Dad, son went to Rangers game to catch a ball

The man who died after falling over an outfield railing at a

Texas Rangers game was a decorated firefighter and devoted father

who had taken his 6-year-old son to the ballpark in hopes of

catching a ball.

Suzann Stone told The Associated Press that her son, Shannon,

and young Cooper Stone had even stopped on the way to Arlington,

Texas, on Thursday to buy the boy a new glove. The two were

”almost attached at the hip” and went to Rangers games often,

including one of the team’s World Series games last season, she


”That’s what they were there for was to catch a ball,” the

63-year-old mother said Friday, choking back sobs. ”Cooper loves

baseball and he’s a big Josh Hamilton fan. Had his jersey.”

Hamilton, the reigning AL MVP, grabbed a foul ball in the second

inning that ricocheted into left field and then he tossed it into

the stands. Stone caught the ball but tumbled over the railing and

plunged 20 feet onto concrete. The 39-year-old firefighter from

Brownwood died at a hospital Thursday night.

Suzann Stone said she was watching the game.

”Cooper told me where they were sitting so I could look for him

on television,” she said, adding that she was not watching when

her son fell. ”I missed it. I didn’t see it.”

Her youngest son, Chad Stone, called her late Thursday and broke

the news to his parents. The Tarrant County Medical Examiner’s

Office ruled Friday that Stone died from blunt force trauma caused

by the fall.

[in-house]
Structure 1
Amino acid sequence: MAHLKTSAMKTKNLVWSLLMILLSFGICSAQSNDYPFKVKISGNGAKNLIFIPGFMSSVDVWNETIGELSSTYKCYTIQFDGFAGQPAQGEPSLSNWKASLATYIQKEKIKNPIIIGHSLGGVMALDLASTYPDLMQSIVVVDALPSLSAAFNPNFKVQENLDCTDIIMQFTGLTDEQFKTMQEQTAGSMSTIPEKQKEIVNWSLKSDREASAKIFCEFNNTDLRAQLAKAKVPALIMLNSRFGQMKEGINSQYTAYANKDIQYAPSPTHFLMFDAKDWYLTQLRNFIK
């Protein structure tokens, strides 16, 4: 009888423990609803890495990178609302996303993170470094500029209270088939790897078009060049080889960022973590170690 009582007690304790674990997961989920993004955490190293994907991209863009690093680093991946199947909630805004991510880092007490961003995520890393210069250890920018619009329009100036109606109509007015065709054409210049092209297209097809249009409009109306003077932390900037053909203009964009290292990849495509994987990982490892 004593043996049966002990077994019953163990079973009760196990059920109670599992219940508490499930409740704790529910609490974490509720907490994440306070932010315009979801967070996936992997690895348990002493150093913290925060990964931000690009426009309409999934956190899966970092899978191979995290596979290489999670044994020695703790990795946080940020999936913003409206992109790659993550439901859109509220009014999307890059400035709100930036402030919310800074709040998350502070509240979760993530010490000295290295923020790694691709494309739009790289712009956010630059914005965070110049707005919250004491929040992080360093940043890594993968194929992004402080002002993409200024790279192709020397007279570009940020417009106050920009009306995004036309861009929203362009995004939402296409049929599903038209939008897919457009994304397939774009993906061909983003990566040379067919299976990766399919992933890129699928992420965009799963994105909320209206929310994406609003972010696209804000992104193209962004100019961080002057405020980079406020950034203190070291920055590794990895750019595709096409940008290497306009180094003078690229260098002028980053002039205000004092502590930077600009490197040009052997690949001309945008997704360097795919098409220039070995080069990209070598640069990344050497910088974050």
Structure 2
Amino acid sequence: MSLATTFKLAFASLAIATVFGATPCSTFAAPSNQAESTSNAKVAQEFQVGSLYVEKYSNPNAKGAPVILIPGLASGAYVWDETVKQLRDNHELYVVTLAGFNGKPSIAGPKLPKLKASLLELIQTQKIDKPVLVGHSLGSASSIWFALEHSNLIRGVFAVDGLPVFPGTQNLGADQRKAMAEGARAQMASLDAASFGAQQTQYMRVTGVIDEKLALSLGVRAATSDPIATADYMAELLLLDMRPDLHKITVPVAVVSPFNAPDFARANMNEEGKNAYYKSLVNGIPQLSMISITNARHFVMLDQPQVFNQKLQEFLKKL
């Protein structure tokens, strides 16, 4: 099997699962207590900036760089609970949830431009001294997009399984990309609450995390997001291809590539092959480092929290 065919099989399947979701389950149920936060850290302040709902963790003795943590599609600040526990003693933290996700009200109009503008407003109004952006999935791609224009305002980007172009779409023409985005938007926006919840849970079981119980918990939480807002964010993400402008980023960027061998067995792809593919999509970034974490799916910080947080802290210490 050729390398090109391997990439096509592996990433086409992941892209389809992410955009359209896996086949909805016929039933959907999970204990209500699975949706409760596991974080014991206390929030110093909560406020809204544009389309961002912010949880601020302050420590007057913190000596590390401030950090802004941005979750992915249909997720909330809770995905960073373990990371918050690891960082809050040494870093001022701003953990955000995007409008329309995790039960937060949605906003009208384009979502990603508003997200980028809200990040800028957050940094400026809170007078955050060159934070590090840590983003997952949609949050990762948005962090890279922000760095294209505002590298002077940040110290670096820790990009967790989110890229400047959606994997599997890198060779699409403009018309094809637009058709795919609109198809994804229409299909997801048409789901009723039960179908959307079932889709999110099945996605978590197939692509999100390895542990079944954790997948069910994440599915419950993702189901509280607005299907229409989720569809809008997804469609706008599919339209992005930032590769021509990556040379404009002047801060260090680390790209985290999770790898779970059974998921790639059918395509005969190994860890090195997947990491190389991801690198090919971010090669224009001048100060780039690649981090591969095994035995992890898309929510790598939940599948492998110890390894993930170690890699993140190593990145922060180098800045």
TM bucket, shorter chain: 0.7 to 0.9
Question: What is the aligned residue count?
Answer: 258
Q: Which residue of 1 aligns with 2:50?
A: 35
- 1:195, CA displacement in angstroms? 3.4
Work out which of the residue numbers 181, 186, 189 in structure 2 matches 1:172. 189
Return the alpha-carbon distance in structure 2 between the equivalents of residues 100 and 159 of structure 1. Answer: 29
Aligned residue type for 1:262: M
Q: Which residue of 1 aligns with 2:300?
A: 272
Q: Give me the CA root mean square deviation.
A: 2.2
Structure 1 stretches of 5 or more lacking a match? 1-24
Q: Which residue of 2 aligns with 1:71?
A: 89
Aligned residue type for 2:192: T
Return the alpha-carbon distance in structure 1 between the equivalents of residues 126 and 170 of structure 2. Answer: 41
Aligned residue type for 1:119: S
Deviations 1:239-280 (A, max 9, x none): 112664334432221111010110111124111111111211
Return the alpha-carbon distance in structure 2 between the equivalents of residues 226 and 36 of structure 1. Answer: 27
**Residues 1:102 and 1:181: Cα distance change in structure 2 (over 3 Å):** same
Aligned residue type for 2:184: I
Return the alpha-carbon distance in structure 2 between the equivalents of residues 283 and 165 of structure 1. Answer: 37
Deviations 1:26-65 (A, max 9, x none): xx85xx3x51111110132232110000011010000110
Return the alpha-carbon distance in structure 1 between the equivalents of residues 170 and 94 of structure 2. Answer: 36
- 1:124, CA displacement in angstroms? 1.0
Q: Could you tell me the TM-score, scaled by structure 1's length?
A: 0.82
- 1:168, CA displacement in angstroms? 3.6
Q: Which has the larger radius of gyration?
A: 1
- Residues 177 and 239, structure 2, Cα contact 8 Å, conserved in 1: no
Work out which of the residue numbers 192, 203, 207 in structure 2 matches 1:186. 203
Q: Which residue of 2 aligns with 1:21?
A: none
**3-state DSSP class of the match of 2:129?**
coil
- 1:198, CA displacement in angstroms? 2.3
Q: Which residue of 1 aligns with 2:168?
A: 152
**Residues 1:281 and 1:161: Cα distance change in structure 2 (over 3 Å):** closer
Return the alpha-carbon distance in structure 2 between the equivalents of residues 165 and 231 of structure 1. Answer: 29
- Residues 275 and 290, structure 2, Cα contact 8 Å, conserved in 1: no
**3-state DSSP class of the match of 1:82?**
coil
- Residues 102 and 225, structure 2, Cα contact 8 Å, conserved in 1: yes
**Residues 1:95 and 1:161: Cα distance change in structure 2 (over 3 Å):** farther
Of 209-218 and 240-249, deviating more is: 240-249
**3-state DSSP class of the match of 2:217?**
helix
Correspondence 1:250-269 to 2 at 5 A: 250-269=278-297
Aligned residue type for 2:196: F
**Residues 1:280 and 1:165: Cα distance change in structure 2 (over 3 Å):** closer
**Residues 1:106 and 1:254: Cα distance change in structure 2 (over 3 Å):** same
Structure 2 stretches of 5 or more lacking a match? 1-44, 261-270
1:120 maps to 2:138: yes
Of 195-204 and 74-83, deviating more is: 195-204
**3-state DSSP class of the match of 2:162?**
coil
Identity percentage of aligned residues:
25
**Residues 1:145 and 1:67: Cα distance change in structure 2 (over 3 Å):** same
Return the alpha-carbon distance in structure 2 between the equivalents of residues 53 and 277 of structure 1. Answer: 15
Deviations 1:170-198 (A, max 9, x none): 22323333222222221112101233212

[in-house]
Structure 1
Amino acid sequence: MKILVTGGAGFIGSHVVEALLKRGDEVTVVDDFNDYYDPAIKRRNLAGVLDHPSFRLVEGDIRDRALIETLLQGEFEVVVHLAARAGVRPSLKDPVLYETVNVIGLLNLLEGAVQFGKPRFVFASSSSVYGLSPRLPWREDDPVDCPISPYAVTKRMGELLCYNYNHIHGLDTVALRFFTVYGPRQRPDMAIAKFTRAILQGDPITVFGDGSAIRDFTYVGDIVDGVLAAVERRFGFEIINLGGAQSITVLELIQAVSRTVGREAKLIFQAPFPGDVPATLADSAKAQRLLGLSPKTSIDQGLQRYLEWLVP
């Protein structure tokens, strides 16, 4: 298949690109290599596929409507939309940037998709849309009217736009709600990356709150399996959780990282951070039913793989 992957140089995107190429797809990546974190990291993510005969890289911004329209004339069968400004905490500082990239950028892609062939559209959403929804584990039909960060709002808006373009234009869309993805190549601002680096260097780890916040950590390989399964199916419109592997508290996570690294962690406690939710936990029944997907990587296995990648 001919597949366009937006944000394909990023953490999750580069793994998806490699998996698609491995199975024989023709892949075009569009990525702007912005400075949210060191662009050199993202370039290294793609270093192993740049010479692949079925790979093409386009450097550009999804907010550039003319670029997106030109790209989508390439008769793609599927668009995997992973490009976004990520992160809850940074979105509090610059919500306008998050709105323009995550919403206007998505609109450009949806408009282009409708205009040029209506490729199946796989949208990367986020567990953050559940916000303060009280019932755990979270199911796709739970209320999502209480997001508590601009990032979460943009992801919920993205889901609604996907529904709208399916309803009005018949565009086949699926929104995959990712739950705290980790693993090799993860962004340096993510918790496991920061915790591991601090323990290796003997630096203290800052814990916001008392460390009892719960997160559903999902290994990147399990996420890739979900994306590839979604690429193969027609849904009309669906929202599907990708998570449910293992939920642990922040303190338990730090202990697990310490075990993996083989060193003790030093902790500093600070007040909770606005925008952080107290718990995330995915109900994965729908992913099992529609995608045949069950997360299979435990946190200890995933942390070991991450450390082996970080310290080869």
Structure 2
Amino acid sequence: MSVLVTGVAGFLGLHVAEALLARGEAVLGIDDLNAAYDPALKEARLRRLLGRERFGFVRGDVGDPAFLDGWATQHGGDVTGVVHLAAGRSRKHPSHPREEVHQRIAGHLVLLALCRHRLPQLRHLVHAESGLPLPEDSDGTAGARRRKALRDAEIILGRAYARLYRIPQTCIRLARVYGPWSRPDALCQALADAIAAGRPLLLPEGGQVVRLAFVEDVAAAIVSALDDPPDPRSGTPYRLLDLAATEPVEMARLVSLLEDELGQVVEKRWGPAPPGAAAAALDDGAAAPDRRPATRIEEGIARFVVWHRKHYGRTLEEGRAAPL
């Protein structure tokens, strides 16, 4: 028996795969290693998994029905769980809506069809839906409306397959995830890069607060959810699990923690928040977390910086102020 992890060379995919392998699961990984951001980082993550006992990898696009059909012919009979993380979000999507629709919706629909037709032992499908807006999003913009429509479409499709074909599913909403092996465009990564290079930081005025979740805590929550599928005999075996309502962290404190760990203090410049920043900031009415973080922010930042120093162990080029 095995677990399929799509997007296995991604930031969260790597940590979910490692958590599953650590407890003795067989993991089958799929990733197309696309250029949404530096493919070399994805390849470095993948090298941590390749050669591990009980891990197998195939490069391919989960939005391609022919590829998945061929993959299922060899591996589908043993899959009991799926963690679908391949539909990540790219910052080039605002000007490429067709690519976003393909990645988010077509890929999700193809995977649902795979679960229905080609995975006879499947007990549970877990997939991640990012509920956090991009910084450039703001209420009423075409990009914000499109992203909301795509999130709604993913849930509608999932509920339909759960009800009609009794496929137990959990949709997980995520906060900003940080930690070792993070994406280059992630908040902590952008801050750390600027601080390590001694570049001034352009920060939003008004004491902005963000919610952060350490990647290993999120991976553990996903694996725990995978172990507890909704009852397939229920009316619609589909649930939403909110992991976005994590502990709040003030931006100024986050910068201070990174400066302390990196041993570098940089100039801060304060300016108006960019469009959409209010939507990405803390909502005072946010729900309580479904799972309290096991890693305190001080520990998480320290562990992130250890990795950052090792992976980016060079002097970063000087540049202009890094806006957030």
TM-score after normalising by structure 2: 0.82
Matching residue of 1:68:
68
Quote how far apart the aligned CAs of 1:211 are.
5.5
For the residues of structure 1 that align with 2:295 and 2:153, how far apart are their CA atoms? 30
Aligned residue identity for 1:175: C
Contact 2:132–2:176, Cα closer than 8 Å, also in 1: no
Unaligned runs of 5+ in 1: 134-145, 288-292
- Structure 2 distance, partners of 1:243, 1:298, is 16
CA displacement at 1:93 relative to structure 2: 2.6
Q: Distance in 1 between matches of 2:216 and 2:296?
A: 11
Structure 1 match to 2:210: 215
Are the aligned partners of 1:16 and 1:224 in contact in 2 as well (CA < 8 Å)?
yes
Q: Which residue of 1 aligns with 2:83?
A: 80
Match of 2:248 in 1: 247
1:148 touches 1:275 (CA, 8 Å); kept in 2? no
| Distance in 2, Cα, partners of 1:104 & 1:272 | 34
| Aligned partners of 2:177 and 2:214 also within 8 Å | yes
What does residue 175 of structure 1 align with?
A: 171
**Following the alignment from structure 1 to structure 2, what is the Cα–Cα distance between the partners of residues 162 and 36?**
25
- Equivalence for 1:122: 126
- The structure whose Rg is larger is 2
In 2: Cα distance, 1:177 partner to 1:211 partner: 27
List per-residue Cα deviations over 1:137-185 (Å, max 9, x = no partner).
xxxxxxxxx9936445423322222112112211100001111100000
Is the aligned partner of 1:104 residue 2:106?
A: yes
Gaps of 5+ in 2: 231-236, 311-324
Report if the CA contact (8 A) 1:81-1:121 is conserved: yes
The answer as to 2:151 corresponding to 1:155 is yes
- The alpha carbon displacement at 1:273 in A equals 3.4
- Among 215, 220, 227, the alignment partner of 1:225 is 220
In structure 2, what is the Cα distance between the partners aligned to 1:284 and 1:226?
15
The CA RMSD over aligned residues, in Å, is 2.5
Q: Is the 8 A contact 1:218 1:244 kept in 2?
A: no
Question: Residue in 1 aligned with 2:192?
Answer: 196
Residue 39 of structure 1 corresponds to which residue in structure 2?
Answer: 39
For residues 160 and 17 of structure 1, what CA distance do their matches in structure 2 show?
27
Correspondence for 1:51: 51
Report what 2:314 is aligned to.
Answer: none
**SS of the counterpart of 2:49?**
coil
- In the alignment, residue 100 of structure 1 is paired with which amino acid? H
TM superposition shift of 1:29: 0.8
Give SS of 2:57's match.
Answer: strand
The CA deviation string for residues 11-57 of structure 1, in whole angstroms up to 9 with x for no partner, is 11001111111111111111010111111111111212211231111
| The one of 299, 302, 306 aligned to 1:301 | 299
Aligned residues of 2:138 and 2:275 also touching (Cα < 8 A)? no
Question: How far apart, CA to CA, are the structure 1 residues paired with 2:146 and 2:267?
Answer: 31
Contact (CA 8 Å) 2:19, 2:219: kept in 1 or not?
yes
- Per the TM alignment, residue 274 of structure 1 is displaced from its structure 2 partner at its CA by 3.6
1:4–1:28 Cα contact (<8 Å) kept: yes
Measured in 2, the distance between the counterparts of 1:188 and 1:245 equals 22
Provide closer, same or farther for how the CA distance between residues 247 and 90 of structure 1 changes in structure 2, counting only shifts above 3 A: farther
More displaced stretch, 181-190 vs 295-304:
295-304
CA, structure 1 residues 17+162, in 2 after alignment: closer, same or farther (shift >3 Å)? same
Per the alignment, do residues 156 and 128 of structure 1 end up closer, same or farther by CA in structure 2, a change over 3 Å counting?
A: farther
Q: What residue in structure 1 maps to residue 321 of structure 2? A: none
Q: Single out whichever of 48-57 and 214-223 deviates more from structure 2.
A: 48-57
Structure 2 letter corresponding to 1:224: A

He leaves Cooper and his 36-year-old wife, Jenny Stone.

”It’s a very, very sad day for the Texas Rangers

organization,” team President Nolan Ryan said. ”We’re about

making memories, family entertainment. Last night, we had a father

and son at the game and had a very tragic incident.”

Ryan said he spoke with Jenny Stone by phone Friday morning.

”She’s very concerned about her son and the impact this is

having on him – rightly so,” he said.

Shannon Stone was a firefighter with the Brownwood Fire

Department for 18 years. In 2007, he and another firefighter ran

into a smoke-filled home in nearby Bangs to rescue a woman in her

70s, according to story in the Brownwood Bulletin newspaper.

Stone and another firefighter received a distinguished service

award from the department for bravery and dedication. He told the

paper he was only doing what any other firefighter would have. He

just happened to be ”in the right place at the right time.”

Her son, said Suzann Stone, was fun-loving and enjoyed being a

father and a husband. For as long as she can remember he wanted to

be a firefighter.

She and her husband ”laughingly said Shannon said `fire truck’

before he said `mommy’ or `daddy,”’ Suzann Stone said from her

home in Cleburne, about 115 miles northeast of Brownwood.

Stone would do all he could to make as many of Cooper’s T-ball

games – even when he was on duty at the fire station, Suzann Stone

said. He was a ”wonderful son, father and person,” she said.

”I always told him if he wasn’t my son I would want him as my

best friend,” she said. ”He was so good, so caring of